Apprenticeships and Skills Minister speaks at the 2018 Bett show about the importance of EdTech and digital skills in an increasingly digital world:
Welcome. It is fantastic to join you all for this conference marking both the opening of Bett 2018, and the closing of the Education World Forum (EWF).
I’m sorry that our new Secretary of State couldn’t make it but some of you will hopefully have heard his speech at the EWF earlier this week on preparing students for success in our fast-changing world – for what has been called the fourth Industrial Revolution.
Our lives are becoming inextricably linked with technology. From the health and fitness trackers or smartwatches that many of you are probably wearing to some of the amazing innovations on display here today.
And yet – in 2017, Lloyds Bank reported that 11.5 million people in the UK lacked basic digital skills, and the Office for National Statistics estimated 9% of people had never used the internet.
Many of our best and brightest companies are telling us that they are struggling to recruit the specialist digital talent they need.
I want to focus on what we are doing at every stage in education to develop the digital skills we need to help us address these challenges.
Starting in schools. We recognise that EdTech can play a vital role – as a tool for teachers in our schools, colleges and Universities. And as a study in itself for students.
Technology should reduce teacher workload. It should be another way of making education more accessible and inclusive. It should allow educators and students’ access to share content through cloud based services.
The UK is at the forefront of Edtech – and many great British companies are represented here today. The UK is a global EdTech hub at the forefront of technological developments and discoveries; constantly developing innovative new learning methods and technology. Half of Europe’s fastest-growing education technology companies are based in the UK, and there are more than 1,000 EdTech ventures spread across the UK, with 200 in London alone.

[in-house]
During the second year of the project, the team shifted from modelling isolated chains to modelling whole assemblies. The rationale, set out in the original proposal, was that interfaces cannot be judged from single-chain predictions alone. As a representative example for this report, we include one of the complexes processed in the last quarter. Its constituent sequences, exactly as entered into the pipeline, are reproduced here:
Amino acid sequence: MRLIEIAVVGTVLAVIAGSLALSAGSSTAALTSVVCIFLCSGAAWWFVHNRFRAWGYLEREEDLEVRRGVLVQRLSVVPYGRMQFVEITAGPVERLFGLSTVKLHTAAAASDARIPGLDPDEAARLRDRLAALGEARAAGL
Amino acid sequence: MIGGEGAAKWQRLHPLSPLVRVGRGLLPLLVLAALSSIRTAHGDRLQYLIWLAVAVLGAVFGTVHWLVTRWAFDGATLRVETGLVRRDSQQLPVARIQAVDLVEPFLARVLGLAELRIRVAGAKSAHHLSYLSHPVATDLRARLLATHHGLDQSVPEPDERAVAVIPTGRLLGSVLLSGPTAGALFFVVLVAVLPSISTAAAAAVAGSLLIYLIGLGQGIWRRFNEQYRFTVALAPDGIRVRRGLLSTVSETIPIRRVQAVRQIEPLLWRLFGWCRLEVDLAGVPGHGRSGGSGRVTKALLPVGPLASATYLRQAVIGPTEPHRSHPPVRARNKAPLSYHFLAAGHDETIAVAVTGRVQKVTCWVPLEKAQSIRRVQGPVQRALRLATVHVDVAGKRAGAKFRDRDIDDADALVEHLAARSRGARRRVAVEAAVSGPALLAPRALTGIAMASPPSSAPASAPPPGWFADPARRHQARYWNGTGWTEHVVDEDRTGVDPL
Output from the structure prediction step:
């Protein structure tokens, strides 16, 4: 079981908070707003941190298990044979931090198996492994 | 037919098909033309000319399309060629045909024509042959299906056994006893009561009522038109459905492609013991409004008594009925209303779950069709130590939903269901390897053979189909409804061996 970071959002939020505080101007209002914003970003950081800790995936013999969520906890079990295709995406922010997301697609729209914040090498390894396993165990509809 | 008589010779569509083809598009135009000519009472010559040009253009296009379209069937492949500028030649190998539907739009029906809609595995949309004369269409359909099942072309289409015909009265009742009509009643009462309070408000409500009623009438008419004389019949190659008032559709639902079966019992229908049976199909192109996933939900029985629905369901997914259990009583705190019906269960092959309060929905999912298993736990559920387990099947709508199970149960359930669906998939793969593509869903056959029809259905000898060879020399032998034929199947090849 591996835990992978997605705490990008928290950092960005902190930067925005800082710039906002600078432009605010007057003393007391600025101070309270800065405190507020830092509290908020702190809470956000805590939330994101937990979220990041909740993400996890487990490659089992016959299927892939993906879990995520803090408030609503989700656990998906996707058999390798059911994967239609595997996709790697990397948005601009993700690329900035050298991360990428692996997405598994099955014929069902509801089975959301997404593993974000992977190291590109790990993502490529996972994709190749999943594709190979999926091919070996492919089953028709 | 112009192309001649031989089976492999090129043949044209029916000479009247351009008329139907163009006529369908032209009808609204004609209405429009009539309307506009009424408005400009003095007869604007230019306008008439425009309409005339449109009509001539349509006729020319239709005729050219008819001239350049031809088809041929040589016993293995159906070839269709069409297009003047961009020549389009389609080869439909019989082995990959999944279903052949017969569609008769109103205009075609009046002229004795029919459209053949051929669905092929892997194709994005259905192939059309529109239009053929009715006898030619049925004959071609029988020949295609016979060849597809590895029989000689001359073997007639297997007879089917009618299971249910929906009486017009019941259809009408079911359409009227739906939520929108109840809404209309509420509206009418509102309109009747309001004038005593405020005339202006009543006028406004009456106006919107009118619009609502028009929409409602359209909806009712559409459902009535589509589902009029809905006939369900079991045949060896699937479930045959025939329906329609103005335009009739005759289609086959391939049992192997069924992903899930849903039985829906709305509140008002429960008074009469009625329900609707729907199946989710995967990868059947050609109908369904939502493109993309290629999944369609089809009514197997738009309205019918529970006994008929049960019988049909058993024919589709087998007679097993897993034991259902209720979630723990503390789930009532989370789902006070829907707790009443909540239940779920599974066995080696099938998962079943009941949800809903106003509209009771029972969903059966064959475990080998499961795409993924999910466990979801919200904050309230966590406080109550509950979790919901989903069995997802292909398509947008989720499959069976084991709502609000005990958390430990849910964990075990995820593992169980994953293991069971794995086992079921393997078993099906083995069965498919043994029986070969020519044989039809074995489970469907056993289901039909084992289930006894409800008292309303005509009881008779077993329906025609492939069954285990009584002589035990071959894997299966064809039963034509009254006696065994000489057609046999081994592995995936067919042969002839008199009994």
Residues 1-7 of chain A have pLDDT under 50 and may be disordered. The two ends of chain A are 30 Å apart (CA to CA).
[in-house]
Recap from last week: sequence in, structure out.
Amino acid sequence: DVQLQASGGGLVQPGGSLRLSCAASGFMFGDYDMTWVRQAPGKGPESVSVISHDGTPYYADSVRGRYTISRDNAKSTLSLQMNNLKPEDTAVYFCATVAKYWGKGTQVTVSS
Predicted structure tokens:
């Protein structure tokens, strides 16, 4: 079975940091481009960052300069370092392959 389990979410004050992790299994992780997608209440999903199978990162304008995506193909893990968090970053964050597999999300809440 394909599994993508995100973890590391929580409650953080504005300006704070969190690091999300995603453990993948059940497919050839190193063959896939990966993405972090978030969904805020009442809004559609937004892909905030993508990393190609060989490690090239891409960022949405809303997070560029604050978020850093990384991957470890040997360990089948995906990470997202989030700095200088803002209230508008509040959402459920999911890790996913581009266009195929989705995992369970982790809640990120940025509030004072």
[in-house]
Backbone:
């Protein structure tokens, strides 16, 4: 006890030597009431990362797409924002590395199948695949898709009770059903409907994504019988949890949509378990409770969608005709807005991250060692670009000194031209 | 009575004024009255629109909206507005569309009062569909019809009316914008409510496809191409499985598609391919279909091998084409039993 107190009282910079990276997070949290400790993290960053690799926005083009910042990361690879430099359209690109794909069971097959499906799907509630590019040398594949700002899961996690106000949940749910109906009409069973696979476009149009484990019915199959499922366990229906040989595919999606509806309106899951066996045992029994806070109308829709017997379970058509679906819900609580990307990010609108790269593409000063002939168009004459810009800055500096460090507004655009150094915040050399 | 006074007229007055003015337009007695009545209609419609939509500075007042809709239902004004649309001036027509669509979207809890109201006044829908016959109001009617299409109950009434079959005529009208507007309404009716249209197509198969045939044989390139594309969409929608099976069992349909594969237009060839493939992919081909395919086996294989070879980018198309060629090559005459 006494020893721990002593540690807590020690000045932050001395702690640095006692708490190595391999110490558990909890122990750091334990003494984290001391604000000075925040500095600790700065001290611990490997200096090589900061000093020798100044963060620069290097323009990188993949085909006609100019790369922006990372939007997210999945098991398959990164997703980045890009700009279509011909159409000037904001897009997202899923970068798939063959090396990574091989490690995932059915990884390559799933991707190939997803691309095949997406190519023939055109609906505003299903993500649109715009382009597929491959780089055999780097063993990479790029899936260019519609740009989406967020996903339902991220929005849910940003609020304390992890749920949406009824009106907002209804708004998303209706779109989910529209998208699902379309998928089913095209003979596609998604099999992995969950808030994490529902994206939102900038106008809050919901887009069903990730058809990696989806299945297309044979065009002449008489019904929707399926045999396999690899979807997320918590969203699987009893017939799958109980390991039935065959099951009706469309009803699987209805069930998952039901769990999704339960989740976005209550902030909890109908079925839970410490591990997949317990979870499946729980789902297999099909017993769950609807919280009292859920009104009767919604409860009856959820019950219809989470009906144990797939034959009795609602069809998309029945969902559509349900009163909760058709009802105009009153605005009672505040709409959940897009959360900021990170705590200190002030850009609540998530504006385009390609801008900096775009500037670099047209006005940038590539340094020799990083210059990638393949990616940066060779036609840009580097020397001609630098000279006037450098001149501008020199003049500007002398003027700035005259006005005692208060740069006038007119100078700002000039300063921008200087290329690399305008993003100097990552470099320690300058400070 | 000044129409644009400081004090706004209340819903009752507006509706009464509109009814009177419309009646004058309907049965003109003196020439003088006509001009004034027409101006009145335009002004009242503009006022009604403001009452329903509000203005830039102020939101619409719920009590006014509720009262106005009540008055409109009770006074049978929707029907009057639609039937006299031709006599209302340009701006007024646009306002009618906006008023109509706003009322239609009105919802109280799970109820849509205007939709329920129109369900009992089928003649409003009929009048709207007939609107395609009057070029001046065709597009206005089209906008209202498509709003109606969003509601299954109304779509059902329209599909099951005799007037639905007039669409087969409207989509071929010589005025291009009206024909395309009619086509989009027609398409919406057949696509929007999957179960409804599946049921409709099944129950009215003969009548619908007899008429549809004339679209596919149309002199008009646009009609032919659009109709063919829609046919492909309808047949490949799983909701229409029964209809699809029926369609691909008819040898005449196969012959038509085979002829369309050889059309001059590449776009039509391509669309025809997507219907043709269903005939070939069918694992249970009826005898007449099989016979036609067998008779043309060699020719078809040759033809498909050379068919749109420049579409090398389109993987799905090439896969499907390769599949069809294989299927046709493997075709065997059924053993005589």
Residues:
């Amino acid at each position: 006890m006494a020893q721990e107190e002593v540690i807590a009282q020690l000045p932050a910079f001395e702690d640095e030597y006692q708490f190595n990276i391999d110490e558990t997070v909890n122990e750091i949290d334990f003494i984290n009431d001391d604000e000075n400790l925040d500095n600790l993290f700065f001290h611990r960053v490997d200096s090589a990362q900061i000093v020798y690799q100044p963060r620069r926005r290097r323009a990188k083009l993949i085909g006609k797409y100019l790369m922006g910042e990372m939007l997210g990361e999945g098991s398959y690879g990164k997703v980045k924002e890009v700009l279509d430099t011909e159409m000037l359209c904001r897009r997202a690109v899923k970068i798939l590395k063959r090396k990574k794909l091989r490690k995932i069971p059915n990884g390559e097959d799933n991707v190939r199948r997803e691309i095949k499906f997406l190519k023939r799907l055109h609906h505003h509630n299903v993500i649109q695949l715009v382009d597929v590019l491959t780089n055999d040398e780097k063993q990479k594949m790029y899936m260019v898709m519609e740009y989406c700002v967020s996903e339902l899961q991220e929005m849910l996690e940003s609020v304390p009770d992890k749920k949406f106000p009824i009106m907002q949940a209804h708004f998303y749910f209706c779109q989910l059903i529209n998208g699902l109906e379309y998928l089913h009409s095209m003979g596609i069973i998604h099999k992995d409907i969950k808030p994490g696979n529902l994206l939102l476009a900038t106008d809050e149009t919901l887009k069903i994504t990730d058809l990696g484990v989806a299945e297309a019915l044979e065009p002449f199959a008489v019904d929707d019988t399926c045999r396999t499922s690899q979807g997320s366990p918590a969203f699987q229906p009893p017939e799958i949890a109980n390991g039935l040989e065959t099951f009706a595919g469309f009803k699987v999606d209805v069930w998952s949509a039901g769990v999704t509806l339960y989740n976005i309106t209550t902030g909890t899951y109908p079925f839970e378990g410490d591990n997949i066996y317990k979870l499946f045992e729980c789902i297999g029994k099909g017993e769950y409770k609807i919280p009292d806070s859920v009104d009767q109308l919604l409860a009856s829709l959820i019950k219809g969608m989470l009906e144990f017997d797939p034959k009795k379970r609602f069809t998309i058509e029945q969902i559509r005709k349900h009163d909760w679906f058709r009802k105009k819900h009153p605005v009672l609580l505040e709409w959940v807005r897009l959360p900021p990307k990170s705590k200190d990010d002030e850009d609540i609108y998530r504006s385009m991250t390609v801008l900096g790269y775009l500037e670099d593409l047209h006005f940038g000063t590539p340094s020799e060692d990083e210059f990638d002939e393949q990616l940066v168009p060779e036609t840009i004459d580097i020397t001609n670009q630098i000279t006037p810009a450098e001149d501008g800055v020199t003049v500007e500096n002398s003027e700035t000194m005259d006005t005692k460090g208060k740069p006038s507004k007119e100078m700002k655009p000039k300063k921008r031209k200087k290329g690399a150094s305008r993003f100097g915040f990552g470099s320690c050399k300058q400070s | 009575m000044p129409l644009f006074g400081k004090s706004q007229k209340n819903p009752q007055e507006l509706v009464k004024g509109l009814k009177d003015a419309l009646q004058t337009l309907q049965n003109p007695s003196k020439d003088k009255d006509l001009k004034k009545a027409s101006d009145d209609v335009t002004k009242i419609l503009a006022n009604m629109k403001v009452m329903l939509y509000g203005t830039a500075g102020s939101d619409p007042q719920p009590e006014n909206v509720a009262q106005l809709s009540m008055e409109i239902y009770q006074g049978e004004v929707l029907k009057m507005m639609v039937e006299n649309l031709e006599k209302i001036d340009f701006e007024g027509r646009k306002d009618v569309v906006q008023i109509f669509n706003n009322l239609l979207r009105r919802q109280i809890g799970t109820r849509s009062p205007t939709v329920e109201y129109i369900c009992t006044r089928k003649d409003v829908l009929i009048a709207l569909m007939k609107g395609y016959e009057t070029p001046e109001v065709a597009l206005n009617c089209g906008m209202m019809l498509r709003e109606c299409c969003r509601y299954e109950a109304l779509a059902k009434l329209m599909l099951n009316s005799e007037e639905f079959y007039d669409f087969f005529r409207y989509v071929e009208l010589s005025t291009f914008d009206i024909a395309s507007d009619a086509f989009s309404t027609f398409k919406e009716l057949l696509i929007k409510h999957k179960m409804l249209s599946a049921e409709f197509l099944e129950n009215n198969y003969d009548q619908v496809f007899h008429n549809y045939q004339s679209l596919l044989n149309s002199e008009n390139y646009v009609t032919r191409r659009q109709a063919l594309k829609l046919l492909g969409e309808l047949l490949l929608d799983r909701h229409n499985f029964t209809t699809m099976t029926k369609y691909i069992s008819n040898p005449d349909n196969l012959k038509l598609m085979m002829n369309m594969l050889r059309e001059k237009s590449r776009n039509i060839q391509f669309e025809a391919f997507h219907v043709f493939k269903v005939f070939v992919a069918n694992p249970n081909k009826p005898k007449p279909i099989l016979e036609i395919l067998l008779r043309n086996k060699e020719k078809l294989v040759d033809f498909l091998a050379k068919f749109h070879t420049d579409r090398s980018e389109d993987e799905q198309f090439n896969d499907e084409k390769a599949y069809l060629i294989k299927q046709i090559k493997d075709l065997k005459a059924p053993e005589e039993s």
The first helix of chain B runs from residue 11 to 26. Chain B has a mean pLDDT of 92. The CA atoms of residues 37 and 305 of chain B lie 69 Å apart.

At the same time technology can keep people awake at night! Many feel they lack the budget or the expertise to use it.
So what can government do?
Proper implementation is key; as with any intervention, the most successful changes are led locally with the sector to make sure you have the information and skills you need to make the right decisions for you and your institution. We want to support classrooms and institutions up and down the country to harness its potential effectively. But connection is critical so we announced in the autumn budget that children from 100 schools would be the first to benefit from the local full fibre programme, using poorly serviced schools as a marker for where to focus expansion of the national full-fibre network.
90% of new jobs require digital skills, so children need to grow up as more than just digital consumers but practitioners and creators.
Also, we announced in the Autumn Budget that we would invest £84 million of new funding over the next five years to improve the teaching of computing and drive up participation in computer science qualifications, particularly amongst girls.